Thursday, May 16, 2013

"Old Fashioned Prostitutes (A True Romance)" - A Different Plane of Consciousness

By Judd Hollander
Photo by Joan Marcus

The first thing one must understand when attending a Richard Foreman play is that terms such as "liner" and "sequential" often have no meaning. Such is the case with his latest work, Old-Fashioned Prostitutes (A True Romance). A piece he wrote, directed and designed and which is now having its world premiere at The Public Theater. 

The show begins and ends with a mysterious voice saying "end of play." The meaning of that phrase however, is, like so many other things presented here, open to interpretation. Has an unseen play just finished moments before with a new one on stage about to begin? Or does it refer to the same play, the story being presented again and again as some type of eternal cycle?

Said story, as best as can be explained, deals with an aging man named Samuel (Rocco Sisto), who is unhappy with how his life has turned out. Looking back over the choices he made and the paths he has taken he wonders what would happened had he instead gone in a different direction. Samuel, who at times almost seems to revel in his failures the way others delight in their successes, often making his comments to two elegantly-dressed ladies of the evening - Suzie (Alenka Kraigher) and Gabriella (Stephanie Hayes). Women who exist both together in time with him as well as at different places and points in existence, though their clothes recall the 1920s. The ladies' actions often punctuated by comments from the afore-mentioned voice, or perhaps it's Samuel's own consciousness or past calling out.

This non-linear feeling continues when one looks at the different aspects of the various characters. Such as the possibility that Samuel and his friend Alfredo (David Skeist) are actually the same person at different points in their life - even though they're talking to each other or through each other at various moments. There's also the mysterious Michelin (Nicholas Norena), a silent type who appears every now and again to bang on a drum. Said action often causing the story to change direction.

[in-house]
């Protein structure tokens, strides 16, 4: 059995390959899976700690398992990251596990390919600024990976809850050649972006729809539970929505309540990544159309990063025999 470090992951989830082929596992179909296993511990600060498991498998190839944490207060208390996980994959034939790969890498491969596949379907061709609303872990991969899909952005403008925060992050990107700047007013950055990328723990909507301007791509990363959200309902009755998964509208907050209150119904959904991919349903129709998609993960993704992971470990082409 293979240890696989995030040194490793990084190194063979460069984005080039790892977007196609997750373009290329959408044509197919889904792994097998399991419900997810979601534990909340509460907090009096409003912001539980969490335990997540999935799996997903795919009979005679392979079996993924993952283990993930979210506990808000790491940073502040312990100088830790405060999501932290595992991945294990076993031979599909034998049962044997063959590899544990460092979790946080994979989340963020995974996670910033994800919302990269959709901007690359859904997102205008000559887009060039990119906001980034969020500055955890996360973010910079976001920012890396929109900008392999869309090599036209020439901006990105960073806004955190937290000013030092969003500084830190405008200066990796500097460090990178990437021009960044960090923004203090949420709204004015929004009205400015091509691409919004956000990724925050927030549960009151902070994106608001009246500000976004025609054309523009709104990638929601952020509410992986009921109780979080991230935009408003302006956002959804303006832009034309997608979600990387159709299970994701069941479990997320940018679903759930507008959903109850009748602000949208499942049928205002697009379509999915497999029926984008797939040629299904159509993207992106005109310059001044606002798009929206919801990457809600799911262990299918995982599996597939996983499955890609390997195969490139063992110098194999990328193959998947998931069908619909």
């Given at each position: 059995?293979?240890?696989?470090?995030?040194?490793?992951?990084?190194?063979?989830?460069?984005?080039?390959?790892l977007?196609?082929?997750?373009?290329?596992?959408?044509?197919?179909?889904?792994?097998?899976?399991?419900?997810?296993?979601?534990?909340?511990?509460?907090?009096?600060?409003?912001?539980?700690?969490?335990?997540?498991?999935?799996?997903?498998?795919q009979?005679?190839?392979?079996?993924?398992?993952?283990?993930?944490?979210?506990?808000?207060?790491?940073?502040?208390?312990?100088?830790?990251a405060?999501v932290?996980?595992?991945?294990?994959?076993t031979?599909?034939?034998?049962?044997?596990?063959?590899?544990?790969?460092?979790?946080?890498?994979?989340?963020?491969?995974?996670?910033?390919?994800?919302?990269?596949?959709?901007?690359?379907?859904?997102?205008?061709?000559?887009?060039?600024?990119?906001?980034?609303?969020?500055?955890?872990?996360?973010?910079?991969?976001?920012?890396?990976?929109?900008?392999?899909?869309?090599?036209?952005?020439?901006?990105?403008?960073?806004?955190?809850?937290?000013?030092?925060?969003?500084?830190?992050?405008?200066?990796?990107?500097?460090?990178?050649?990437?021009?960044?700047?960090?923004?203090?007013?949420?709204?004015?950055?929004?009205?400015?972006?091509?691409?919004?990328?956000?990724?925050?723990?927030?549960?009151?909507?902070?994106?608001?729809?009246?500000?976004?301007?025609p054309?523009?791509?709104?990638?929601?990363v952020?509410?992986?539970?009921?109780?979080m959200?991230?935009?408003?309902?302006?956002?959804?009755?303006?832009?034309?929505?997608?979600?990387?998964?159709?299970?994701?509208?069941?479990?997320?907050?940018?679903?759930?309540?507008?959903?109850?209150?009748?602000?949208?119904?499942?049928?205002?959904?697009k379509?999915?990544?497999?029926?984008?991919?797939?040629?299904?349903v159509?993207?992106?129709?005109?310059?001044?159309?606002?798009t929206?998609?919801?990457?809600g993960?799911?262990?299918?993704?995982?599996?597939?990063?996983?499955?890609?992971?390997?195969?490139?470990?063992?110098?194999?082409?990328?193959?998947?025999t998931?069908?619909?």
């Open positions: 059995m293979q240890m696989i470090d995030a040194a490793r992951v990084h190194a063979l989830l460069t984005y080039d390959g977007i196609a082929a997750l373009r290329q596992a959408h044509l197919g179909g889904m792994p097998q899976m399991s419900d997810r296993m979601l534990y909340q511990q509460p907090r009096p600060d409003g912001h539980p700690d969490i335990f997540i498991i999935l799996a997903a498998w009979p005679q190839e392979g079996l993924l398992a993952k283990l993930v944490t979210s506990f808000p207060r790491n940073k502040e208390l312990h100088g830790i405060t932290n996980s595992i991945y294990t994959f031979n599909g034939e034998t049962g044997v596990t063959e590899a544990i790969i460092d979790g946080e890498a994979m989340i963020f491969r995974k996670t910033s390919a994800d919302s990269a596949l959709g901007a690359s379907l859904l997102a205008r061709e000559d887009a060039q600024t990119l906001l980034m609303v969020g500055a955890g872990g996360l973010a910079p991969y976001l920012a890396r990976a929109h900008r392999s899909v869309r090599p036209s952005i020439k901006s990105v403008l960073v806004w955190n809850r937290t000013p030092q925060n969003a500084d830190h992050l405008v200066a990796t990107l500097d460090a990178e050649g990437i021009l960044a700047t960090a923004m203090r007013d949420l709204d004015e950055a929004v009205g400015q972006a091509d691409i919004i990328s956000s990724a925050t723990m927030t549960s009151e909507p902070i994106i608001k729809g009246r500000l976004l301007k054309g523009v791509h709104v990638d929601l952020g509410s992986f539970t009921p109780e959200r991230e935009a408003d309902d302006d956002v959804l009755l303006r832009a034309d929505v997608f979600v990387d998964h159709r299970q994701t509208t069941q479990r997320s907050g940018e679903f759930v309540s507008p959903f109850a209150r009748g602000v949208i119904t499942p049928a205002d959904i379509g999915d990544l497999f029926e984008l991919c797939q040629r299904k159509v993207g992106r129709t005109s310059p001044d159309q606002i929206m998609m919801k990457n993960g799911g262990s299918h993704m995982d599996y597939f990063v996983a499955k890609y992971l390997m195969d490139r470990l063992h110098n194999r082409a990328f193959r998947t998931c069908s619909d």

Watching the action on stage gives one the feeling of seeing a dream unfolding where different thoughts, memories and people from a person's life who have no business being together in the waking world are able to co-exist here. Also like a dream, there is a certain disjointedness and choppy sensation to the proceedings, leading to sudden shifts of narrative yet still staying within the overall impression of what had been shown before.

Sisto does well as Samuel, an aging dreamer/loner trapped in his memories, while talking about avoiding his destiny and blaming himself for doing just that. There is also more that a bit of faded gentility among him, as he talks about his beautiful coquettes and mentioning a leisurely promenade through the dark streets of a city almost dead. His words also suggest a hint of Tennessee Williams, and of not-quite faded bitterness of what has come before. Kraigher and Hayes play off Sisto nicely as the coquettes in question. The women, like Samuel, seemingly trapped on a mobius strip of what is, what was and what will be. Suzie, supposedly the one Samuel's been searching for all his life, gets to have her own dreams of being admired and of being in a pretty dress on a sun drenched boulevard. But are these really her own dreams or are they Samuel's dreams for her or about her?

Foreman, who came out of retirement to create this work, knows what he is trying to present, with everything being carefully set out for one reason or another. This care is evident in the seemingly chaotic yet quite deliberately chosen set, with a performing area dressed up with bits of string, a blackboard and a supposedly haphazard collection of letters. Also tossed into the mix are photographs, newspapers and flowers - all offering tantalizing hints to what's about to be shown. Directorially-wise, Forman does a good job with the action, keeping things moving carefully and concisely while taking great pains so the work will not overstay its welcome.

Offering a wonderful presentation of the avant-garde where nothing is what it seems or perhaps it's all so straightforward one can't see the explanation, Old-Fashioned Prostitutes is an example of theatre that refuses to spoon-feed the audience a story, forcing them instead to try to figure it out on their own. Those who find something like this intellectually stimulating should make tracks to The Public Theater immediately, and for those who don't well, there's certainly enough mindless alternatives out there to choose from.

Old-Fashioned Prostitutes (A True Romance)

Featuring: David Skeist (Alfredo), Stephanie Hayes (Gabriella) Alenka Kraigher (Suzie) Rocco Sisto (Samuel), Nicholas Norena (Bibendum (aka Michelin)

Written, directed and designed by Richard Foreman
Performed in association with Ontological-Hysteric Theater
Costume Design: Gabriel Berry
Lighting Design: Yael Lubetzky

Production Stage Manager: Lee Micklin
Stage Manager: Michael Ulreich

The Public Theater

425 Lafayette Street
Tickets: 212-967-7555 or
Running Time: 65 Minutes, no intermission
Closes: June 2, 2013

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